Upgrading the drop off bins: Libraries such as the Lompoc and Solvang library systems have drop off bins that print out a receipt once the patrons scans their check in item and drops it in the bin. It also instantly writes off the item returned from their online account. Installing such bins might give the user assurance that their item has been securely returned and also speeds up the process of checking in items. This also eliminates the need to manually write off the items from the library system.

2. Self-checkout machines

There are 3 self-checkout machines installed inside the reading area of the library. 2 are installed in the adult reading section and 1 in the children’s reading section. These machines allow patrons to check out books by placing them under a scanner. Once scanned, the items check out are recorded on the patron’s account. The patron then may choose to print/email an itemized receipt of the items checked out and the due dates. The self-checkout machines enable patrons to checkout items on their own and not wait for a staff member to help them with the same.

During my observation, I noticed that there were 4 senior adults, father of 2 children and 3 mothers of toddlers asked for front desk assistance to check out their items. I wanted to further investigate the possible reasons for not using the machines, since at that time they asked for assistance, the machines were available for use.

a. Parent/swhocomewithtoddlersandyoungerchildrenprefercheckingout at the front desk, this way they have one less thing to worry about and they get to pay more attention to what their children are doing. At the self- checkout machines, they would have to juggle between the books and handling their kids. Staff members also take the initiative to help patrons with children.

The following quote is from a library patron:

“It’s harder to juggle a stack of books and three kids at the same time and then sometimes we have to pay our dues too. I’d rather have someone do it for me than I doing it myself. Sometimes my son uses the checkout machines, only when we have a couple of books.”

Following was mentioned during an interview with the Library Technician:

“The tendencies, I tend, I see, are mothers with children or fathers with children, especially if they have a huge stack of books and they’re trying to juggle like three little ones. They’ll sometimes go to the self-checkout machines and but sometimes I’ll actually call them and say “hey, can I help you at the front desk?” because sometimes it’s easier to do that than it is to trying to make sure they have all the books checked out, the 2 year olds running away, it’ll be easier for them sometimes.”

Informatics 281: Assignment 11: Final Report

b. TheRFID(RadioFrequencyIdentification)thatreadsthebookswhen placed in the check-out machines is a chip that is inside the books/items. There is also a bar code on top of the books – the ISBN number. The members think the ISBN is what they need to scan, but what they need to do is just push the item to the back of the machines. This is not very intuitive, since the machine projects a red spot as if indicating patrons to place the bar code under the spot.

When items come from a different library, especially the ones that don’t use RFID, the scanner does identify the item. Patrons have trouble checking out their books, hence they come to the front desk.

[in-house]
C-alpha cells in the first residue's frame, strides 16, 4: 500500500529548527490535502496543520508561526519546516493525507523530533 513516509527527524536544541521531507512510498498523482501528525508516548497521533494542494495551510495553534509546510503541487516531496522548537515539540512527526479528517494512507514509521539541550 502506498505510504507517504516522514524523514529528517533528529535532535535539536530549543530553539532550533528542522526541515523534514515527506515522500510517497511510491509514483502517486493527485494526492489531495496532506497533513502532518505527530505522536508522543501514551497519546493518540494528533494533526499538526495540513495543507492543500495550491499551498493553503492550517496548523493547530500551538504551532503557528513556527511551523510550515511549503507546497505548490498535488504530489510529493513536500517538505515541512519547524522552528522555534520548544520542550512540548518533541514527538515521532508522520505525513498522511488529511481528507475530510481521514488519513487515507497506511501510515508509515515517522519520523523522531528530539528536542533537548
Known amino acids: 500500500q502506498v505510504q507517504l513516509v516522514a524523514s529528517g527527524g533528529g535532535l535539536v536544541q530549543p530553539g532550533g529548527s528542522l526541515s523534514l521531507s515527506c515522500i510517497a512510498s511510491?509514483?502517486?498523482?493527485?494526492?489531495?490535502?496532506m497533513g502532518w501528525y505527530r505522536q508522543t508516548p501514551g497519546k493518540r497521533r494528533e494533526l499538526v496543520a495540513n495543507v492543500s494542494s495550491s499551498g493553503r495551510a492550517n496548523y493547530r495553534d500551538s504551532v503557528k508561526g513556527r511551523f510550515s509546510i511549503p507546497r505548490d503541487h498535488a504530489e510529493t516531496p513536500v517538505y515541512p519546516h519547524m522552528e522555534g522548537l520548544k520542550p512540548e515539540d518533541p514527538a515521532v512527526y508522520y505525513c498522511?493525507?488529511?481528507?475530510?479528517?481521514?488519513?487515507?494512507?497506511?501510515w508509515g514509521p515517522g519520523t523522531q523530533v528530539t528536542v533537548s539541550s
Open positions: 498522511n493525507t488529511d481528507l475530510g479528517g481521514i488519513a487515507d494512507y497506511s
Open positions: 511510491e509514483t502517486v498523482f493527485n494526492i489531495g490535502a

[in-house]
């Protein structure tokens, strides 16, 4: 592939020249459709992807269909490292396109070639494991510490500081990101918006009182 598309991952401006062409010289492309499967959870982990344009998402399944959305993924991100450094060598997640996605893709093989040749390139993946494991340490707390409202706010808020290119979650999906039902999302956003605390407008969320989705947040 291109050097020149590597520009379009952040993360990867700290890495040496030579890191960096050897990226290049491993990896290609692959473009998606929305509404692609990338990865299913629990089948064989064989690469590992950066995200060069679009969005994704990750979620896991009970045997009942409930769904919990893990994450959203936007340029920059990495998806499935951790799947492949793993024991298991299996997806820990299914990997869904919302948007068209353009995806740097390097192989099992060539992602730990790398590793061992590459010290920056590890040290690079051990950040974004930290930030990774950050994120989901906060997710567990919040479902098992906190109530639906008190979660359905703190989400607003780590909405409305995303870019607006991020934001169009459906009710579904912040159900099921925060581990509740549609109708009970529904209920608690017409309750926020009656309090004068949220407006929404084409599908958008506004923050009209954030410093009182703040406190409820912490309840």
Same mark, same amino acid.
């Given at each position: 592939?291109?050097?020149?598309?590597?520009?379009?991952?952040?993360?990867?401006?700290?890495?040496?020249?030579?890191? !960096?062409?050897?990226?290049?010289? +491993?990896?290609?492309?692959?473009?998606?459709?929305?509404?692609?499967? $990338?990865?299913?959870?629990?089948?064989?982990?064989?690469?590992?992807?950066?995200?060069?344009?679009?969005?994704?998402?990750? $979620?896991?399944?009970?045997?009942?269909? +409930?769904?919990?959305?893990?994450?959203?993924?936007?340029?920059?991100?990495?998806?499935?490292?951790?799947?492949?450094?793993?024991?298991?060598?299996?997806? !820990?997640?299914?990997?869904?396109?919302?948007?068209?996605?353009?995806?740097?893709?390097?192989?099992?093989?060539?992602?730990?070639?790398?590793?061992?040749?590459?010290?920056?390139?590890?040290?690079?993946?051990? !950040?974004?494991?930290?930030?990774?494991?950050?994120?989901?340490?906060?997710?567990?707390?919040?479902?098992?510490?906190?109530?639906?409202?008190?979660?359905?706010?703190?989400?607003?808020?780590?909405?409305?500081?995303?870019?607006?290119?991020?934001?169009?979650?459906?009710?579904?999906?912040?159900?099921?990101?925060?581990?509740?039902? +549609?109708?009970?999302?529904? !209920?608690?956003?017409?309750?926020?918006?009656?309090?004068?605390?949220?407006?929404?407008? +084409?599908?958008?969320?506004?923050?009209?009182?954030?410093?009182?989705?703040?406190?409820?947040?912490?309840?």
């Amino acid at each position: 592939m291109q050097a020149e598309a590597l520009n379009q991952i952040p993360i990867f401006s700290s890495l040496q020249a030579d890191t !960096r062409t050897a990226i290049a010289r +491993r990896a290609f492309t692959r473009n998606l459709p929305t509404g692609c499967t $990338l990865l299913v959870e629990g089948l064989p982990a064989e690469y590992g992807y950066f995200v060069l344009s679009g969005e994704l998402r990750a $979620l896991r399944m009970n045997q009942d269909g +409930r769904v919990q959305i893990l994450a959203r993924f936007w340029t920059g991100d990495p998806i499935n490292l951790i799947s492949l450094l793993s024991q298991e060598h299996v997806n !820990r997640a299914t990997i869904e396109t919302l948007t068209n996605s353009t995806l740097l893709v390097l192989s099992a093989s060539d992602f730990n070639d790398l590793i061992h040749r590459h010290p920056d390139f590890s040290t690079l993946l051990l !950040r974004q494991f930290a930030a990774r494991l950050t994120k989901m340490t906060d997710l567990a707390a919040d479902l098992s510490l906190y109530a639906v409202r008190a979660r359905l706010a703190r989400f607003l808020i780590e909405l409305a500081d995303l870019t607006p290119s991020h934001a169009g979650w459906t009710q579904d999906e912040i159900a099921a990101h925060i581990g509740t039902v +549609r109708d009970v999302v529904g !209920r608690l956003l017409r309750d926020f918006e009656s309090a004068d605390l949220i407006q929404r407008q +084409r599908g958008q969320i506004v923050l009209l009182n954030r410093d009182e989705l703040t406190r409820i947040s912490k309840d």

The following quote is from the interview with the Children’s Librarian “...we're part of that bigger system... most of us are on RFID...the books have a tag inside that scans the item. So, it's not the bar code. It's a little piece inside. So, our books, they have the best success if they just put them in and push to the back. But what they do is they see the library barcode on there and they try to match it up in the red light and then half way, they still get kind of a security error. Even if they correctly check out the book... And so, they'll be like why the red light go off...It's like it seems like it should be intuitive but it can hiccup.

People would get stuck when mostly, things that don't read right...And then when books come from other libraries where it doesn't work quite with the system right. There are some even some of our own items like a two-part item give them error messages and tell them to ask for help at the desk. So, then they get, “I thought I did it right.” And it’s just a processing issue.”

Recommendation:

RFID: Items that come into Goleta library from other libraries that do not use RFID could be have a unique identity. Something as simple as a dark color sticker that says “see staff for checkout” would reduce the confusion.
Second, a sign with “how to scan you item” may help create awareness about how to scan an item.

3. Card Catalogue
Card Catalogue is a software through which patrons can search for the items. It also gives you information about where the item is located – at a different library, checked out by another patron and other formats it is available in (e book, audiobook, CD). The card catalogue also enables patrons to place “holds” for a particular item. The patron is then notified when the item is available. Holds are also placed when the patron wants to request a book from another library that is part of Black Gold Cooperative.

During the interviews with the Library Technician and Children’s Librarian, they said that they would like patrons to use the card catalogue to place holds as it is

Informatics 281: Assignment 11: Final Report

an easier way to search for books than asking a staff member. The reason why they are useful is because it can help the patron narrow down their search through its algorithm and filters. However, they are seldom used by patrons even though they are placed in each section of the library 2 in the adult reading section and 2 in the children’s reading section.

I used the physical model to analyze the layout of the library and the positioning of its various technologies. The physical model helped uncover that the card catalogues are placed along with the public-use computers, therefore easy to miss. Lack of awareness and visibility of the technology is one of the reasons it is not used by the patrons. Fig 1. shows the layout and positioning of the card catalogues.

Informatics 281: Assignment 11: Final Report

Fig 1.

Recommendation:

Having a separate kiosk or placement for computers that serve as card catalogues might help in identifying their purpose.

Informatics 281: Assignment 11: Final Report